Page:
13 people killed in Iraq's violence

Updated: 2012-04-17 16:10


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BAGHDAD - Thirteen people were killed and nine wounded in separate attacks, including a suicide bombing, across Iraq on Monday, official and police sources said.

The deadliest incident occurred in Iraq's eastern province of Diyala when Iraqi forces carried out a raid based on intelligence reports on the house of a suspected al-Qaida leader in the city of Saadiyah, some 125 km northeast of Baghdad, Ahmed al-Zarkoshi, the mayor of the city, told Xinhua by telephone.

The suspected leader, known as Hussein Abdul-Fattah, blew himself up with his wife and three of his children inside the house as soon as he felt that the Iraqi soldiers were entering his hideout, Zarkoshi said.

The powerful blast destroyed the house and killed Fattah and his family members. It also wounded an Iraqi army officer and two soldiers, he said.

Zarkoshi said that Fattah is believed to be responsible for the activities of al-Qaida militant group in towns and villages scattered in the vast area surrounding Himrin mountain chain in the provinces of Diyala and Salahudin.

In a separate incident, a policeman was killed by gunmen near al-Mansuriyah area in east of Diyala's provincial capital city of Baquba, some 65 km northeast of Baghdad, a provincial police source told Xinhua on condition of anonymity.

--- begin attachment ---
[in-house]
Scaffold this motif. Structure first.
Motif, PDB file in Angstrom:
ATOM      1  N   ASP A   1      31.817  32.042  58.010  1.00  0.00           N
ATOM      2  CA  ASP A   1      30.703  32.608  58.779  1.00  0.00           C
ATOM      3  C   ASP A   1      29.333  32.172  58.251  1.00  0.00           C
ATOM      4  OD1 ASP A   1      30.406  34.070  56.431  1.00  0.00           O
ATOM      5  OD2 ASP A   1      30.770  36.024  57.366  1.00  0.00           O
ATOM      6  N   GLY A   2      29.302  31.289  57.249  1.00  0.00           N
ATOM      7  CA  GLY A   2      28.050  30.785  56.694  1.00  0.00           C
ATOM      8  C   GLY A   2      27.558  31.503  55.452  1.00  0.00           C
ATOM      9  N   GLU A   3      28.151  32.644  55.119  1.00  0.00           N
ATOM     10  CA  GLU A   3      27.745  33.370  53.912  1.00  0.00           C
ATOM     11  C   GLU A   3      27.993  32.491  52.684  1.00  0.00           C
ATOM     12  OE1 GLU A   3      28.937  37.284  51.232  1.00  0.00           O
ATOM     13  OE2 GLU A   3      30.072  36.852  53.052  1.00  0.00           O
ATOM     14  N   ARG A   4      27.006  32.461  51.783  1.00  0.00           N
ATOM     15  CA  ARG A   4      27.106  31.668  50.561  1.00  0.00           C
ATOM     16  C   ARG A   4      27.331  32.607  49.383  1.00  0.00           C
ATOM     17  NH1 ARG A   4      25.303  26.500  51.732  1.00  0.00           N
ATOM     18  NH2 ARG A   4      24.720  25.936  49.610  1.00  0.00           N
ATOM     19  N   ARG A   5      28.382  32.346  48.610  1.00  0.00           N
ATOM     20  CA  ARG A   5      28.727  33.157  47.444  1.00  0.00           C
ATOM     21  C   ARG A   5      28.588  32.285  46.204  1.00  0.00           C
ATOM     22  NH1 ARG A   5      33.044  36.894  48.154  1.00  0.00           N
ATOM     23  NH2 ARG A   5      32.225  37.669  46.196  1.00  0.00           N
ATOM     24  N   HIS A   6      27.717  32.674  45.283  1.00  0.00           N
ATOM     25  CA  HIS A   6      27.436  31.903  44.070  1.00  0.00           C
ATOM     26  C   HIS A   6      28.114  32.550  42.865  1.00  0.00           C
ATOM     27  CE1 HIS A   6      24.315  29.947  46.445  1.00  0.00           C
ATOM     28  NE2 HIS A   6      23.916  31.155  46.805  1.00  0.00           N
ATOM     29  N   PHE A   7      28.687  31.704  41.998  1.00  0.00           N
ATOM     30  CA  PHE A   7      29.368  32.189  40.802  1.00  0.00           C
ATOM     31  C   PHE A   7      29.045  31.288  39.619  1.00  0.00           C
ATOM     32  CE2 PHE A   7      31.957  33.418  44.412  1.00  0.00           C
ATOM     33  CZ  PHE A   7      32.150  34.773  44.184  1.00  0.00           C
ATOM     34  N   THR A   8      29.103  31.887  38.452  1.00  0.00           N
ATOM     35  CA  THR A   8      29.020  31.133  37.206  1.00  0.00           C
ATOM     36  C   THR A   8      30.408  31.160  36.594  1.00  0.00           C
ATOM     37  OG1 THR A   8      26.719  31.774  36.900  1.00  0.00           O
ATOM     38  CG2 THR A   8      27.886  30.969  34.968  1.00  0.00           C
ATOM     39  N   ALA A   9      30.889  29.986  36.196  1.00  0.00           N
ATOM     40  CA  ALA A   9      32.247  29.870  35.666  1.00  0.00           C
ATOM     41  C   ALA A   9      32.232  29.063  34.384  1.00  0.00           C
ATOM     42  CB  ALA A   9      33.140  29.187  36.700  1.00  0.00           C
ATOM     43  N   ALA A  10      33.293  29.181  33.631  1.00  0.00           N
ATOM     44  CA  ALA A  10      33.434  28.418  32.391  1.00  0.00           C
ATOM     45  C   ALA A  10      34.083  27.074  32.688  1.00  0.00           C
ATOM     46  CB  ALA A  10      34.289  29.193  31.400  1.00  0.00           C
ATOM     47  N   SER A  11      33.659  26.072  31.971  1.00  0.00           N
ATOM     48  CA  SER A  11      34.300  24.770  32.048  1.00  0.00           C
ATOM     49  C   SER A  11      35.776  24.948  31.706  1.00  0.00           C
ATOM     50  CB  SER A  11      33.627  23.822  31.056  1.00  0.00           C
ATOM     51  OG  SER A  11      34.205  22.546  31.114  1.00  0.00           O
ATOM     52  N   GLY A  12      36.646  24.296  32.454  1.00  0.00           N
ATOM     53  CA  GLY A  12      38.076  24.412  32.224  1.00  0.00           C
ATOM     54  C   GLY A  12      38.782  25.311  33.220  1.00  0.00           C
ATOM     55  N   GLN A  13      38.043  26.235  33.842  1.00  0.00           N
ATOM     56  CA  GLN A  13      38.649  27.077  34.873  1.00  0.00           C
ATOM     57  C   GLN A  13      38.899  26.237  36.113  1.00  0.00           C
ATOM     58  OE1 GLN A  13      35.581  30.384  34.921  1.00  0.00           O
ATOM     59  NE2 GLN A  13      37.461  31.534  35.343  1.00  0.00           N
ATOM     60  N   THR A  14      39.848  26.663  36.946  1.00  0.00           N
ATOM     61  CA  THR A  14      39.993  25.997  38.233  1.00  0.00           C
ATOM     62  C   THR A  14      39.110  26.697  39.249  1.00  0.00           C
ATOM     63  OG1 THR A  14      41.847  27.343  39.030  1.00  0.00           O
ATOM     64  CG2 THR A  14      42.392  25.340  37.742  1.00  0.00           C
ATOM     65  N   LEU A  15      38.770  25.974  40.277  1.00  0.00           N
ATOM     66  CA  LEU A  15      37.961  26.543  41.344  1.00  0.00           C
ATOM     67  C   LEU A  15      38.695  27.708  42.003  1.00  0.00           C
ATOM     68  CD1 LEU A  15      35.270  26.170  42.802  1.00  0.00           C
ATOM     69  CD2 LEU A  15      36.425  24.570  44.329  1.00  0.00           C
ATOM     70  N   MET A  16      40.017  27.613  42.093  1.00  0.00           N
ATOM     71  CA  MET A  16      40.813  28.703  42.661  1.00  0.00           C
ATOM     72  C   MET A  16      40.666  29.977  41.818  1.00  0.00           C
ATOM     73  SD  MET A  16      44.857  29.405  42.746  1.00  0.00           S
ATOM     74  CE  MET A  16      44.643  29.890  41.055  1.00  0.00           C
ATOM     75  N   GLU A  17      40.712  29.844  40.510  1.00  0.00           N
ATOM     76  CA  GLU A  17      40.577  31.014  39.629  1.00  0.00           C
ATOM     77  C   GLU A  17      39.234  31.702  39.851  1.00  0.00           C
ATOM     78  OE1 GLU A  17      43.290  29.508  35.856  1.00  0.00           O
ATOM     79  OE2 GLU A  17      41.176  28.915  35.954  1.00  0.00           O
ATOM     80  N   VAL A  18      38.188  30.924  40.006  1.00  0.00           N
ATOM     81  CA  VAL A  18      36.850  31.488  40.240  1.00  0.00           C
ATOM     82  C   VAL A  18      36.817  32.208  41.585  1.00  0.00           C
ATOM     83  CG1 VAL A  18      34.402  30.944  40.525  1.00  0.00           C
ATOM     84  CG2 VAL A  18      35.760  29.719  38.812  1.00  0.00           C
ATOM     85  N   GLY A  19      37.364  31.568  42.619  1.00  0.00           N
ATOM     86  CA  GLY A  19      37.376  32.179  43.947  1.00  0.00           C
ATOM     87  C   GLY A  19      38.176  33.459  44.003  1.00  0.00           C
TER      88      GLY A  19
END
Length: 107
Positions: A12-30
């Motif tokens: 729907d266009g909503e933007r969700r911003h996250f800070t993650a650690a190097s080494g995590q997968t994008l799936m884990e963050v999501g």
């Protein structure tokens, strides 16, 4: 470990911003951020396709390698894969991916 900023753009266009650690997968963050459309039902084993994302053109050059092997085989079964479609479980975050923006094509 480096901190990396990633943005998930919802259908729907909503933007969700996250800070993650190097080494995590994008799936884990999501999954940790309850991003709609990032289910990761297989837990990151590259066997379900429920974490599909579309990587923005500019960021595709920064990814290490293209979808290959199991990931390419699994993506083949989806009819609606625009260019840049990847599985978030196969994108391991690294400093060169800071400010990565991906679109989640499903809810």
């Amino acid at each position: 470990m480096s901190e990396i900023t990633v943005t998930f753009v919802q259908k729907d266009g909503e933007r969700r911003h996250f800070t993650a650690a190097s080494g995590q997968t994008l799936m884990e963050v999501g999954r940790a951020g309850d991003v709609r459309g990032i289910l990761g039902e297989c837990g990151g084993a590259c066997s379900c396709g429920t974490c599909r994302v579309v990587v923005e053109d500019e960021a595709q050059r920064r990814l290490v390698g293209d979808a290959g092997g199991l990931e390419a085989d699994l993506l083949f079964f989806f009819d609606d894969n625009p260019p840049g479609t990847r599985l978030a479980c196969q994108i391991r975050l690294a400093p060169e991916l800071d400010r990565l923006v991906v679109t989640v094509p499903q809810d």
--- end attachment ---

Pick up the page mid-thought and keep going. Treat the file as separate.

Also in Diyala, a roadside bomb went off at a parking lot in the city of Jalawlaa, some 70 km north of Baquba, killing a civilian and wounding three others, the source said.

In Iraq's northern-central province of Salahudin, a policeman was killed when gunmen opened fire on his car in the city of Tuz- Khurmato, some 220 km north of Baghdad, a provincial police source anonymously told Xinhua.

In a separate incident, gunmen shot dead a civilian in al-Hajaj area in north of Salahudin's provincial capital city of Tikrit, some 170 km north of Baghdad, the source said.

Earlier in the day, an Interior Ministry source reportedly said that gunmen opened fire on seven farmers who came from the nearby Diyala province to work in pollinating date trees in the orchards of Baghdad's northern area of Rashdiyah, killing four of them and wounding three others.

Violence is still common in the Iraqi cities despite the dramatic decrease since its peak in 2006 and 2007 when the country was engulfed in sectarian killings.